National Summit on Collegiate Financial Wellness

Alumni Hall
Indiana Memorial Union
IU Bloomington
Bloomington, Indiana
June 29, 2015

Introduction

Thank you, Phil [Schuman].

It is a great pleasure to welcome so many higher education professionals who are committed to student financial wellness to Indiana University.

We are delighted to host this national summit along with our colleagues from the Ohio State University, and we hope that your time here in Bloomington is enjoyable and productive.

Addressing Student Debt

In the summer of 1961, President John Fitzgerald Kennedy signed a proclamation designating a week in early November as “American Education Week.” In that proclamation, President Kennedy wrote: “Let us not think of education only in terms of its costs, but rather in terms of the infinite potential of the human mind that can be realized through education. Let us think of education as the means of developing our greatest abilities, because in each of us there is a private hope and dream which, fulfilled, can be translated into benefit for everyone and greater strength for our nation.”1

More than half a century later, education—and particularly higher education—remains one of the greatest and most effective means of developing the abilities of members of our society, and it continues to deliver enormous benefits to all people and to strengthen our nation in countless ways.

But, of course, in the 54 years since President Kennedy’s proclamation, the costs of higher education have risen dramatically, more of the burden of paying for an education has shifted from the government to students and their families, and, as all of you are very much aware, the size of student debt has reached very concerning proportions nationally. As you know, in 2010, U.S. student loan debt surpassed credit card debt for the first time. In 2012, student loan debt reached an enormous $1 trillion.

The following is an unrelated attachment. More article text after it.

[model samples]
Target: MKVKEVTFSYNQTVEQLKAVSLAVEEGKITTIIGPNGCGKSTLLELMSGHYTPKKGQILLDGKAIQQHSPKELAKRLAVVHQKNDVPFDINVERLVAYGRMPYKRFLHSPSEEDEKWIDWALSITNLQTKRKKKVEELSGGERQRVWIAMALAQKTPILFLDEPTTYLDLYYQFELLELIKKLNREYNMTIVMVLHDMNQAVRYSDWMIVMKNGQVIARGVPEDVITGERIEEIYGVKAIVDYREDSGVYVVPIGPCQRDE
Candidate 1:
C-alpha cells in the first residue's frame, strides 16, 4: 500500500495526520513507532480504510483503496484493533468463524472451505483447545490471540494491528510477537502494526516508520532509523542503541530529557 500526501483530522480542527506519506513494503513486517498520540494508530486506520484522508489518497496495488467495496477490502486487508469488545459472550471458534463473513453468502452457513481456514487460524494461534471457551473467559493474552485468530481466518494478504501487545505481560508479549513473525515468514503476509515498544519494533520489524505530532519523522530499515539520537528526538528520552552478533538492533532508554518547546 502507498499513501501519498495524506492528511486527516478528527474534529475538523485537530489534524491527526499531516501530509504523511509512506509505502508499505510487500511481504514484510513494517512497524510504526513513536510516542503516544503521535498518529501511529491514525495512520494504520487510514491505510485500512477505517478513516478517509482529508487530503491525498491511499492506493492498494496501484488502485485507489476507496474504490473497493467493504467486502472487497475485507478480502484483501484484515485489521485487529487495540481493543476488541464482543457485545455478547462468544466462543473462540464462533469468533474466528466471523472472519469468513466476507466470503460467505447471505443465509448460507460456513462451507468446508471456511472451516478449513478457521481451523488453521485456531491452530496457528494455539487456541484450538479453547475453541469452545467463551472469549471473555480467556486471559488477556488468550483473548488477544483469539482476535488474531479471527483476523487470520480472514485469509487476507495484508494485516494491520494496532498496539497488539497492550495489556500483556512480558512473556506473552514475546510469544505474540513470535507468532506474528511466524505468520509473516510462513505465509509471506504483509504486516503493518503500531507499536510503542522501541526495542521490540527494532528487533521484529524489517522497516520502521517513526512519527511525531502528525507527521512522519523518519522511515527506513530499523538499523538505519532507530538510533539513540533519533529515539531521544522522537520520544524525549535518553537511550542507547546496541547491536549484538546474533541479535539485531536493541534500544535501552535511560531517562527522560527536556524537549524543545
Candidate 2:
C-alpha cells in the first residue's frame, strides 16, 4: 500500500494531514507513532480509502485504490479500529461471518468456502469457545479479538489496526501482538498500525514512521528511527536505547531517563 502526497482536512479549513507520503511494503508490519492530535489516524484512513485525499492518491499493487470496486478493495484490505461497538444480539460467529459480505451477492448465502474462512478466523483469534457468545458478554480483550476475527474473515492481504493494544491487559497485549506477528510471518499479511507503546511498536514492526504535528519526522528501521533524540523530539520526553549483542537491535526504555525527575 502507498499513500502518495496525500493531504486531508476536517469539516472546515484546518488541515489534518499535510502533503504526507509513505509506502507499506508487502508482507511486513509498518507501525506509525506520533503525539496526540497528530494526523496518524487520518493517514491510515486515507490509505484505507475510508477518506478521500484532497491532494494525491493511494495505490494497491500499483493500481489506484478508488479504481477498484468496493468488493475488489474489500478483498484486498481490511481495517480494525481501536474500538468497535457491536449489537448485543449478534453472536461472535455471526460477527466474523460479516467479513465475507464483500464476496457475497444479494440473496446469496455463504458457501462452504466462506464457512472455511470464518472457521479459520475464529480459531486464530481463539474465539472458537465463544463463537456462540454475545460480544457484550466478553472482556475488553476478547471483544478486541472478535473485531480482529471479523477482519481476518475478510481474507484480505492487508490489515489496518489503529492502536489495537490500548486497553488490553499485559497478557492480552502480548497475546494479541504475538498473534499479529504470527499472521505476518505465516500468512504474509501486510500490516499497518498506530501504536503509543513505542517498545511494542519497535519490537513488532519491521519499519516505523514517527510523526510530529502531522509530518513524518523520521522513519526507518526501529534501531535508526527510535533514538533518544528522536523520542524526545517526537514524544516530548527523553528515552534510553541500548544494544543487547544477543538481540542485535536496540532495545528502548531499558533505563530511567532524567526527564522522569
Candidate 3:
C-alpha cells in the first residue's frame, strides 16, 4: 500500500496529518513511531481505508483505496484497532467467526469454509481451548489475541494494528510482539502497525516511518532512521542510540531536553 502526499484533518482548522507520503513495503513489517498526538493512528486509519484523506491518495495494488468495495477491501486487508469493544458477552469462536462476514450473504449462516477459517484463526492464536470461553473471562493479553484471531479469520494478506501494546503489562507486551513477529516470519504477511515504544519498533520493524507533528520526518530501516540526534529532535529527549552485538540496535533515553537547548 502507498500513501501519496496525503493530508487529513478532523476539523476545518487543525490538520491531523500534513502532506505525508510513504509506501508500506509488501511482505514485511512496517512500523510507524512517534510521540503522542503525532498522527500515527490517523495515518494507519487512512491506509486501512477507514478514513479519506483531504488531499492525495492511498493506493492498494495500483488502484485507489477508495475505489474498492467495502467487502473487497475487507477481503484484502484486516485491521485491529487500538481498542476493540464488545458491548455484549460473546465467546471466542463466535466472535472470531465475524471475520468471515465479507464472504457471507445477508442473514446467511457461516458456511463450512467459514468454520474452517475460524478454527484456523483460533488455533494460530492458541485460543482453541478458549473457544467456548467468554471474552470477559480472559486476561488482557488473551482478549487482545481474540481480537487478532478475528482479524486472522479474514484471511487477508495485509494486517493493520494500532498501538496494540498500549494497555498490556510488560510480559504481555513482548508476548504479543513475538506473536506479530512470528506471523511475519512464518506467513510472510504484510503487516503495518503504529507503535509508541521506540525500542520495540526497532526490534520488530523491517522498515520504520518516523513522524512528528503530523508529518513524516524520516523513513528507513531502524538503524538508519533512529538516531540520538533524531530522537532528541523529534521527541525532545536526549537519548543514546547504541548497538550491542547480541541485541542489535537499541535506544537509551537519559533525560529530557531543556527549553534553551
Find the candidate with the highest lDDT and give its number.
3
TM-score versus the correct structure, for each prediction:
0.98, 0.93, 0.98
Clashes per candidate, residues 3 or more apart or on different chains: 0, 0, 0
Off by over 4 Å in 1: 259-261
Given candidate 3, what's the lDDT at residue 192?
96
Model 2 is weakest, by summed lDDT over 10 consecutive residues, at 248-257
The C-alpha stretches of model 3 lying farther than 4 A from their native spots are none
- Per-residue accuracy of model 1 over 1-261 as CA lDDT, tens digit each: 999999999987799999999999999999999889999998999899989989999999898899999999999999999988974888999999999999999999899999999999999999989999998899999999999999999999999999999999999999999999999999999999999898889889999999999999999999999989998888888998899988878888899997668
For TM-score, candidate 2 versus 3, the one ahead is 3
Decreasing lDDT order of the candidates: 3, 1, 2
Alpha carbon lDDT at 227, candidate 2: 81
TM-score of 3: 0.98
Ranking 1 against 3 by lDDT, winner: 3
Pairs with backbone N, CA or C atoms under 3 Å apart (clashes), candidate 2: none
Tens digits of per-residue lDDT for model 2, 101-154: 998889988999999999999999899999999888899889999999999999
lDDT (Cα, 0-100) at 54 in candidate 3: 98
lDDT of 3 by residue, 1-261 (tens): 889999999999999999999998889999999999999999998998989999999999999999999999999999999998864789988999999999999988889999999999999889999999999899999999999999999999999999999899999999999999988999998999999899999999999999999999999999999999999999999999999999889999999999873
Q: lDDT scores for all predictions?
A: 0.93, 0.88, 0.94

Today, the specter of major debt hangs over more and more students and threatens their ability to establish themselves independently, productively, and successfully in society. It is particularly of concern for students from low-income or minority backgrounds and threatens to make a university education almost unobtainable for them. And it is of increasing concern for the middle class.

As United States Secretary of Education Arne Duncan said in 2011: “These financial pressures, including the burden of defaulting, are not just numbers on a notice or a bill. They have lasting implications in the lives of our young adults. And, left unchecked, they pose a grave challenge to the promise of equal opportunity in America.”2

But the fact is that, for many students, incurring debt in order to earn a college degree is a necessity, and for most it is an excellent investment in their futures.

Given all of this, those of us who work in higher education have a responsibility to help our students make sound financial decisions based on a solid understanding of the implications of taking on excessive debt.

Toward that end, we established an Office of Student Financial Literacy here at Indiana University in 2012, as you may know. Many of you have established similar offices or similar programs within existing offices at your own institutions.

Under the auspices of our office, IU now sends annual student loan debt letters to all student borrowers, updating them on how much they have borrowed and what it will take to repay the loans. Yahoo Finance recently praised our student loan debt letter as one of five “genius ways colleges are tackling the student debt crisis.”3

You may also know that our MoneySmarts initiative, which includes an interactive website, one-on-one financial education by student peers, an online module for incoming students, workshops, and classes—all aimed at helping students make informed financial decisions—was recognized as a Model of Excellence by University Business magazine earlier this year.